brace

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brace / brās/ • n. 1. a device that clamps things tightly together or that gives support, in particular: ∎  a device fitted to a weak or injured neck, leg, or other part of the body for support. ∎  (braces) a wire device fitted in the mouth to straighten the teeth. ∎  a strengthening piece of iron or timber used in building and carpentry. ∎  a tool in carpentry having a crank handle and a socket to hold a bit for boring. ∎  a rope leading aft from each yardarm, used for trimming the sail. ∎  (braces) British term for suspenders.2. either of the two marks { and }, used either to indicate that two or more items on one side have the same relationship as each other to the single item to which the other side points, or in pairs to show that words between them are connected. ∎  Mus. a similar mark connecting staves to be performed at the same time.• v. [tr.] make (a structure) stronger or firmer with wood, iron, or other forms of support: the posts were braced by lengths of timber. ∎  press (one's body or part of one's body) firmly against something in order to stay balanced: she braced her feet against a projecting shelf. ∎  prepare (someone or oneself) for something difficult or unpleasant: both stations are bracing themselves for job losses.ORIGIN: Middle English (as a verb meaning ‘clasp, fasten tightly’): from Old French bracier ‘embrace,’ from brace ‘two arms,’ from Latin bracchia, plural of bracchium ‘arm,’ from Greek brakhiōn.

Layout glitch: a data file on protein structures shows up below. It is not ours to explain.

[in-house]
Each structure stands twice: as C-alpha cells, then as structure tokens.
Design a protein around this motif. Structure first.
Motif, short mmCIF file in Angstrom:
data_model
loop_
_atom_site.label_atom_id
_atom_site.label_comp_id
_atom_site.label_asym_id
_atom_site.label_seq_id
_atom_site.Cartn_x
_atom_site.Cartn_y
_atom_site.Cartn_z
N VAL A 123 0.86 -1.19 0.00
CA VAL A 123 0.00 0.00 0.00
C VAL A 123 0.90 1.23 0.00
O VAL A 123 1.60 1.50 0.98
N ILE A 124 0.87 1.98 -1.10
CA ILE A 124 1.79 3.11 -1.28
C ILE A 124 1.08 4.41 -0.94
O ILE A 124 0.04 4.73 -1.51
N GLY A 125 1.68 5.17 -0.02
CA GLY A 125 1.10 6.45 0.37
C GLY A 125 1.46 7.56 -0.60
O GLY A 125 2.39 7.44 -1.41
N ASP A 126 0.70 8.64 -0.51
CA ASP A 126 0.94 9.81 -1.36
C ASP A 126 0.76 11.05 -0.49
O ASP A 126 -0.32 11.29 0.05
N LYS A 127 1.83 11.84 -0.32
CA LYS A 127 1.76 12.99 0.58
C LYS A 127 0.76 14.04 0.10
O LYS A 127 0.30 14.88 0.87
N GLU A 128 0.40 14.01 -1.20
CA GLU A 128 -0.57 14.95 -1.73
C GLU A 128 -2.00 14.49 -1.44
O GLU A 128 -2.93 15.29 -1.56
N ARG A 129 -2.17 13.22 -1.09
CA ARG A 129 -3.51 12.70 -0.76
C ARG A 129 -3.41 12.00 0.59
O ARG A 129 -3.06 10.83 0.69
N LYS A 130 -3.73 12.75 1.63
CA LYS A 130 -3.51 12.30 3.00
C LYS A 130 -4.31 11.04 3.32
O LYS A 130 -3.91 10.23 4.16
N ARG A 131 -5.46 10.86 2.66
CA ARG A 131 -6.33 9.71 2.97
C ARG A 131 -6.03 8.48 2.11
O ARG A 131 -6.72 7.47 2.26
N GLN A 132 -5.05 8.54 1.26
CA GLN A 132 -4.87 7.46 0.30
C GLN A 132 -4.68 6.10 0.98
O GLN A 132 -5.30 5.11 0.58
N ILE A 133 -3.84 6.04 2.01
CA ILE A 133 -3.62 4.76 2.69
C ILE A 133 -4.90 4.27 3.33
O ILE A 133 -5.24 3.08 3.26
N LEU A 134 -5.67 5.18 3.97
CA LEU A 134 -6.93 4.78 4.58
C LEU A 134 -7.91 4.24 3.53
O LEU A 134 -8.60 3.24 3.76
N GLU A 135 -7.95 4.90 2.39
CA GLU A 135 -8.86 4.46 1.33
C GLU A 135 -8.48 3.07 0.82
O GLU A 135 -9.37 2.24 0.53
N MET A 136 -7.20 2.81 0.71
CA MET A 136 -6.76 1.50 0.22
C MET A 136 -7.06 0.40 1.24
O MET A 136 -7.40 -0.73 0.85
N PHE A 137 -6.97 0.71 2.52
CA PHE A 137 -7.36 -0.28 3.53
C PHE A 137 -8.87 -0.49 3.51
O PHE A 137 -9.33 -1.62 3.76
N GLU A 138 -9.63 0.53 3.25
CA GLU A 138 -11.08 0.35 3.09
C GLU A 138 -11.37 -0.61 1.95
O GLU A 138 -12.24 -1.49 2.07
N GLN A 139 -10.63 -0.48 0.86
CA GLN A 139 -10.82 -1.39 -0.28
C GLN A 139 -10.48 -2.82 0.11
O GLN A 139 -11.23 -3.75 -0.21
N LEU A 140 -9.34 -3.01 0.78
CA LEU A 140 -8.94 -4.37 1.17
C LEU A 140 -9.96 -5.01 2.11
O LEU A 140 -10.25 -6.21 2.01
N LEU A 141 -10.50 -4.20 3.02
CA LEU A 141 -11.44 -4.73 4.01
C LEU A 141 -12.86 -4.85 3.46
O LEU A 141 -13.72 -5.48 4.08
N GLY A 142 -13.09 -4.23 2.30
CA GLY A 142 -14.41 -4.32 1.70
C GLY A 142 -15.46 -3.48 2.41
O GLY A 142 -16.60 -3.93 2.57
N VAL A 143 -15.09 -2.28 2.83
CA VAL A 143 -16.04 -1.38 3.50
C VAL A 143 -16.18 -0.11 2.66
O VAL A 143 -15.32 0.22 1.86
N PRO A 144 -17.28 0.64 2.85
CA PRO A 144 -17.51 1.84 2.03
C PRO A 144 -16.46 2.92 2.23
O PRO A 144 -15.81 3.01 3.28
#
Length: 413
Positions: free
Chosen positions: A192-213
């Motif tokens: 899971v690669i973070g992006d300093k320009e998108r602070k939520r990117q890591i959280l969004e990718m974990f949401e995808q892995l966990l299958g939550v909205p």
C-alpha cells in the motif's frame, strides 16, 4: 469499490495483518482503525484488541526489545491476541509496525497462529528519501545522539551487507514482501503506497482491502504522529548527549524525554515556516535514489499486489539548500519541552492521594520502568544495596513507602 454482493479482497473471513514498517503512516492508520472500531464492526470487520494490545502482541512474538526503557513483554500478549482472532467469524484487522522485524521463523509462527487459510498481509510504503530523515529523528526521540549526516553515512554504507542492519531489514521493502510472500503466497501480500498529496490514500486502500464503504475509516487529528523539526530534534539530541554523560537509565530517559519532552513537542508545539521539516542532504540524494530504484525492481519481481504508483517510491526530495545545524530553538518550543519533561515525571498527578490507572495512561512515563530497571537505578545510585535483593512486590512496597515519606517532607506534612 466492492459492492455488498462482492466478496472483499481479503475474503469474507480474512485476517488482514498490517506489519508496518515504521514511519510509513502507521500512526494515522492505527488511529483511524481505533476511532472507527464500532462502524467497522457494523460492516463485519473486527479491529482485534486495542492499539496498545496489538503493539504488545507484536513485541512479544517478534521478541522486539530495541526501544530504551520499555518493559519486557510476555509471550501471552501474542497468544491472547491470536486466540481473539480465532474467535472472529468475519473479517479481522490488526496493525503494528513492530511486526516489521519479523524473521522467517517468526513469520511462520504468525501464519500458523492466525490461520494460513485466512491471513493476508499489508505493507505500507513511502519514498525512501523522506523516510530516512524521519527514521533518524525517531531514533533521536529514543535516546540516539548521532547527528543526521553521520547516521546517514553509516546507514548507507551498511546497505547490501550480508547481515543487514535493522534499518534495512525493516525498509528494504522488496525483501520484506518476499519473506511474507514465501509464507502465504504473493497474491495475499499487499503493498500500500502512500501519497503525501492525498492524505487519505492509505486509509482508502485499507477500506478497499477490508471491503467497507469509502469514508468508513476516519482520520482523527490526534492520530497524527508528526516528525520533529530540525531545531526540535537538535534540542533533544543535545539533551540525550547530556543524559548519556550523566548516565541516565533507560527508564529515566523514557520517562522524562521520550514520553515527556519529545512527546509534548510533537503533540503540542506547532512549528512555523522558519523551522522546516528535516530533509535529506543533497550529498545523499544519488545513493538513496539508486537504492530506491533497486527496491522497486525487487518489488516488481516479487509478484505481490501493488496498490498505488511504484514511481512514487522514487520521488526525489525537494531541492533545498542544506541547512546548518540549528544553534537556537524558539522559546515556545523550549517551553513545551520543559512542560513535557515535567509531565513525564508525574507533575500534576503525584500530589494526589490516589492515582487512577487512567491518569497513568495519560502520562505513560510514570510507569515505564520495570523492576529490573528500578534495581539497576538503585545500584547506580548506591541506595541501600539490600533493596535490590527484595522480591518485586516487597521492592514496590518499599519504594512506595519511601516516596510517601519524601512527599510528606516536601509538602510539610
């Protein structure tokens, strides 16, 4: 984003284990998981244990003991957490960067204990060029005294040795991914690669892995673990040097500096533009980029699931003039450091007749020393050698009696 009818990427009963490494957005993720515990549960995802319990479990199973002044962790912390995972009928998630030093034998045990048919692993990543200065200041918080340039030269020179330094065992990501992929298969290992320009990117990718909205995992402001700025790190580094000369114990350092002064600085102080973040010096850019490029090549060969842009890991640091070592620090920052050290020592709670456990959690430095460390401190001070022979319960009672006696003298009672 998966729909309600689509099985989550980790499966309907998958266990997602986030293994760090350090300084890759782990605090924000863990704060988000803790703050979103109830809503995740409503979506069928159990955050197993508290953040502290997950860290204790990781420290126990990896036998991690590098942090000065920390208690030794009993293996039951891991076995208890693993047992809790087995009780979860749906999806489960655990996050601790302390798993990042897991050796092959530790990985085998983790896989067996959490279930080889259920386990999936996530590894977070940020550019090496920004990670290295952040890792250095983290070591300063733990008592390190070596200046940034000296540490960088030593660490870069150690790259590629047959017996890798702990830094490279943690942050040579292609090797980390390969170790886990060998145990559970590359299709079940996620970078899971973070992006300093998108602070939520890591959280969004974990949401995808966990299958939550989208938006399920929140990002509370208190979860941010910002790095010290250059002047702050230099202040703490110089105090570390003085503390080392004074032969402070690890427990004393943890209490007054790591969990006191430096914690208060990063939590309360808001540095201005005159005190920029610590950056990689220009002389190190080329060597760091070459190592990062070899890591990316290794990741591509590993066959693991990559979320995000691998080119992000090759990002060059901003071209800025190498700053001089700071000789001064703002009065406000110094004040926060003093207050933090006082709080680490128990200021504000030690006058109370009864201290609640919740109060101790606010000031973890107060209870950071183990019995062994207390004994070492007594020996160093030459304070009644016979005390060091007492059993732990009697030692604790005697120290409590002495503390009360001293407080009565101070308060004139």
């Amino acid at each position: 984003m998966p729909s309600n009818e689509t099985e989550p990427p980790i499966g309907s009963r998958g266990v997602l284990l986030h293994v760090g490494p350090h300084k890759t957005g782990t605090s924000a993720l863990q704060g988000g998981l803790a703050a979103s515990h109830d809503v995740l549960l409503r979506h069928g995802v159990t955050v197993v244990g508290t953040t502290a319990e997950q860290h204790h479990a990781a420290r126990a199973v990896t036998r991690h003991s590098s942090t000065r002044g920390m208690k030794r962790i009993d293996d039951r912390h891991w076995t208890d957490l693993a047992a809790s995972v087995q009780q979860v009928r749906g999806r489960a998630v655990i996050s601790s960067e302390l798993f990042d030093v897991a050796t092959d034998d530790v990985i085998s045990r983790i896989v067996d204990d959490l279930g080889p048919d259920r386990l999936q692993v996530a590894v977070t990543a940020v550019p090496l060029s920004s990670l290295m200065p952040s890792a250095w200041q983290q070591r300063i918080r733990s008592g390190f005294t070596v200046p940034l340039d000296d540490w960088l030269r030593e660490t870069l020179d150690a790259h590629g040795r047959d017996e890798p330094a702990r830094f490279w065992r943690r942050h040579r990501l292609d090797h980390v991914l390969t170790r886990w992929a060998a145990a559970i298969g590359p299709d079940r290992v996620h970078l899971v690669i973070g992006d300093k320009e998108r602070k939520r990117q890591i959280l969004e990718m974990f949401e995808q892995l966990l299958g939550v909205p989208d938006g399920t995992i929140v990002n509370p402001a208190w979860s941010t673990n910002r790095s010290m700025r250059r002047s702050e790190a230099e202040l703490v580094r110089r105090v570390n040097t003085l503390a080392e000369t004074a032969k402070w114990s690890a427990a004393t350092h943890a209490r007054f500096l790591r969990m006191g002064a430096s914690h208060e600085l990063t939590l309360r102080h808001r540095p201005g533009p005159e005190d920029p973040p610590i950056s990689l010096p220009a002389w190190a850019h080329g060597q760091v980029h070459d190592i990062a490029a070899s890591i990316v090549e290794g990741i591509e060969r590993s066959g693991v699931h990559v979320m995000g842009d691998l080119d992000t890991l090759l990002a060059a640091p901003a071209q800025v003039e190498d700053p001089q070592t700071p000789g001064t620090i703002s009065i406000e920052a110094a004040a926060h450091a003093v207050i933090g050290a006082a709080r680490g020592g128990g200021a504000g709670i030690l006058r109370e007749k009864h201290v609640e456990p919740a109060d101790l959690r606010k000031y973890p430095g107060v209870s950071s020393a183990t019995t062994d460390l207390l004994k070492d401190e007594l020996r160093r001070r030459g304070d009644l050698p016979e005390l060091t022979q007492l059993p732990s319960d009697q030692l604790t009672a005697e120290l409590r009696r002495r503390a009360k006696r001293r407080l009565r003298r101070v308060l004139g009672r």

brace

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brace.
1. Subsidiary structural timber, curved or straight, placed at an angle between vertical and horizontal members to complete a triangle and thus stiffen a timber frame. If supporting a rafter, it is called a strut. See truss.

2. See bracket-moulding.

Brace

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Brace

a pair; a couple, originally of dogs, rarely used for people; a coat of armour. See also cast, yoke.

Examples: brace of bishops; of brethren, 1655; of bucks; of bullets, 1725; of chambers [rooms], 1642; of deer, 1570; of ducks; of dukes, 1768; of fish, 1867; of foxes; of game, 1751; of geldings, 1651; of orthopaedistsMensa; of partridge, 1741; of pheasants; of pike; of pistols, 1832; of trout, 1715; of wives, 1606.

brace

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brace1 †guard for the arm XIV; pair, couple XV; clasp, strap XIV; (archit.) strengthening band; carpenter's tool to hold a bit XVI; (typogr.) bracket XVII. — OF. brace two arms or their extent (mod. brasse fathom) :- L. bracchia, pl. of bracchium arm (whence F. bras) — Gr. brakhíōn. Some senses depend upon BRACE2.

brace

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brace2 †embrace, gird XIV; make tense or firm XV. — OF. bracier embrace, f. brace (see prec.); the later sense is direct from the sb.

brace

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brace. Perpendicular line, with bracket, joining the staves in scores, and indicating that mus. on these staves should be played simultaneously.